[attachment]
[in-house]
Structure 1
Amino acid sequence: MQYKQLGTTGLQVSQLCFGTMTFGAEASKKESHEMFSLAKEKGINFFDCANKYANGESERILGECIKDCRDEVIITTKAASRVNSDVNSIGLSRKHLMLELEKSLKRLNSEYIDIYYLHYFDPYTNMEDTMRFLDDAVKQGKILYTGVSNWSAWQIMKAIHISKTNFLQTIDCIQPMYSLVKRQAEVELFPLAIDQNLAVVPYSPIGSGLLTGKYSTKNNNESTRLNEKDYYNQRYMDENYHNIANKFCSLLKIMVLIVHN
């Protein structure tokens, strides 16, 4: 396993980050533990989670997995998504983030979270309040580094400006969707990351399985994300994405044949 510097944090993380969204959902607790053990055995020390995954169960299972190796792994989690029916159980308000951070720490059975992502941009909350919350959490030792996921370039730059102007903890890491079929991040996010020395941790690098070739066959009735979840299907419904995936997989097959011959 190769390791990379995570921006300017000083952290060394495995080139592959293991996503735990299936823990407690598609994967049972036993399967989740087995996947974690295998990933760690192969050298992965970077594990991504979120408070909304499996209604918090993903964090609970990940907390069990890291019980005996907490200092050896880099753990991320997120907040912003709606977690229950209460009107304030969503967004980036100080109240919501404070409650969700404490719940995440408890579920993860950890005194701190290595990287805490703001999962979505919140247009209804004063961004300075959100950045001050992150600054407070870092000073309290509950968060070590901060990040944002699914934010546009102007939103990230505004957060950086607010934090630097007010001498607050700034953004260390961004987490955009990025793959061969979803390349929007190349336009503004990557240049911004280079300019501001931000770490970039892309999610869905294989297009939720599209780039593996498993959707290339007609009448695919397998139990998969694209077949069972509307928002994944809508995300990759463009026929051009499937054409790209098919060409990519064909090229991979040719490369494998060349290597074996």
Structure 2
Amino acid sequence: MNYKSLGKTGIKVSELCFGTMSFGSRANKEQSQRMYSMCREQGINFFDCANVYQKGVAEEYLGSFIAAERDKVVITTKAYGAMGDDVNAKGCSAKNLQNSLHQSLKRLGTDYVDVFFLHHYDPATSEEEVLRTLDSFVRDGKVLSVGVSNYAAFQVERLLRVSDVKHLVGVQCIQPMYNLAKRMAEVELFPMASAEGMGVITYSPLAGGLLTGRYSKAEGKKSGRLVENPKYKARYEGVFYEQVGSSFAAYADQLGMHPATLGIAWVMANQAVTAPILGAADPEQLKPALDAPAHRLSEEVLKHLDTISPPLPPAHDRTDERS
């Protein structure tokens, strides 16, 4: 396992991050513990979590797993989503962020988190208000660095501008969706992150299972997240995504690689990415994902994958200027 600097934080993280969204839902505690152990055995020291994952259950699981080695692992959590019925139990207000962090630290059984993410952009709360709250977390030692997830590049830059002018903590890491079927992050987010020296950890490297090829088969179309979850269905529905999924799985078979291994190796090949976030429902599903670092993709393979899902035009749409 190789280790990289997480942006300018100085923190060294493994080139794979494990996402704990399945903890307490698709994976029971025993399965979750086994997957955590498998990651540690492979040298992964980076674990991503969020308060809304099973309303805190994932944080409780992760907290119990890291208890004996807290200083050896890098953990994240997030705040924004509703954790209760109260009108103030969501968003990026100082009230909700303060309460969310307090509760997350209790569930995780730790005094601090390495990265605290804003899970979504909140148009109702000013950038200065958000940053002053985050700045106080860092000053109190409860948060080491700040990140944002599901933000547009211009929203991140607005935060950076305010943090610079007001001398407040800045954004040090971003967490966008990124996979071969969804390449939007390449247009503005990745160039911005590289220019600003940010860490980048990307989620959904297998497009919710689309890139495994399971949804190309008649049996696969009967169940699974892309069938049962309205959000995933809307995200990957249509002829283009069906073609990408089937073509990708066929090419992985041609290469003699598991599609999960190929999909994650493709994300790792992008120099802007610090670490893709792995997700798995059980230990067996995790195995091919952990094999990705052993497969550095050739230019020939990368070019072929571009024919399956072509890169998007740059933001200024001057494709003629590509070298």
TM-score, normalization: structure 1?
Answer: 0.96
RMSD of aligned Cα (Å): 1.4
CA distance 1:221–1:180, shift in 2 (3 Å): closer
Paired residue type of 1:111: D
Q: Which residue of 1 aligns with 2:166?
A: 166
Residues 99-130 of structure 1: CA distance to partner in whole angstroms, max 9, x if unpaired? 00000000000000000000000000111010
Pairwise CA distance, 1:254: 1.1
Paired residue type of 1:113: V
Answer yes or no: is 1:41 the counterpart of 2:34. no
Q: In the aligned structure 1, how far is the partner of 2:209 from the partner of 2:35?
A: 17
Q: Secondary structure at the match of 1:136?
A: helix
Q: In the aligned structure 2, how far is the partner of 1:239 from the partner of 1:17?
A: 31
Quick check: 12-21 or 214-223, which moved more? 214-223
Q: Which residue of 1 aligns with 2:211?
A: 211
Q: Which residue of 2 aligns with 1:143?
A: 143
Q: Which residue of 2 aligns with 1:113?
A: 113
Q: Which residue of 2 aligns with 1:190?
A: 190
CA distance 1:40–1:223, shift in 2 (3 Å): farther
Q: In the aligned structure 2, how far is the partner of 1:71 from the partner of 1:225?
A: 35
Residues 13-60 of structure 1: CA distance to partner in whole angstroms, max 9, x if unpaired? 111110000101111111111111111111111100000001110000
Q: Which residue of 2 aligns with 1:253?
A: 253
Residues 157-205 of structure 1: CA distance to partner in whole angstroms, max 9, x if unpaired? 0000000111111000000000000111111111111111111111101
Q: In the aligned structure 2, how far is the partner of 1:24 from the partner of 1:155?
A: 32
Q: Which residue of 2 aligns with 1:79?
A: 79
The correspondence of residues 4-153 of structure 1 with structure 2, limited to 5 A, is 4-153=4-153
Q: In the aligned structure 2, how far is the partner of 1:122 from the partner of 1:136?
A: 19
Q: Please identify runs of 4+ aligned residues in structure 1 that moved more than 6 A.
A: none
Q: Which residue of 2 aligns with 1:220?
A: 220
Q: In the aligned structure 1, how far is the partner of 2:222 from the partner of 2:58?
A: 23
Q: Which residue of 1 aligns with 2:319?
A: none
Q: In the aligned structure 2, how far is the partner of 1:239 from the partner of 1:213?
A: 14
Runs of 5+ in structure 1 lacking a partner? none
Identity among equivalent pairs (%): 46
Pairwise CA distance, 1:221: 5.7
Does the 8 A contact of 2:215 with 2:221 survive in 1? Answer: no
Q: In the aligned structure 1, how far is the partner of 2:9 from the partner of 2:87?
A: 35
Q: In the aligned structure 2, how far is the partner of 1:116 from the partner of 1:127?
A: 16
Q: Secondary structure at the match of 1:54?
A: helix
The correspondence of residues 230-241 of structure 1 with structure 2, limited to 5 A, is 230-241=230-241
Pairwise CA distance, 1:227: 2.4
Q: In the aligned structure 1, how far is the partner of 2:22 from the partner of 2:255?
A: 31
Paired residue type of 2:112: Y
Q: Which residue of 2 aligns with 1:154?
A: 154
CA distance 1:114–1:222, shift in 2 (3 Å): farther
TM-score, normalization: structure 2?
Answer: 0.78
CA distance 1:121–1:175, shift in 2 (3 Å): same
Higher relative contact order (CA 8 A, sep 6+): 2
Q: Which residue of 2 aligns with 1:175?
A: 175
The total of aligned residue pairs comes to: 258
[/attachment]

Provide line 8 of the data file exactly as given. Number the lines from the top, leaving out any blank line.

TM-score, normalization: structure 1?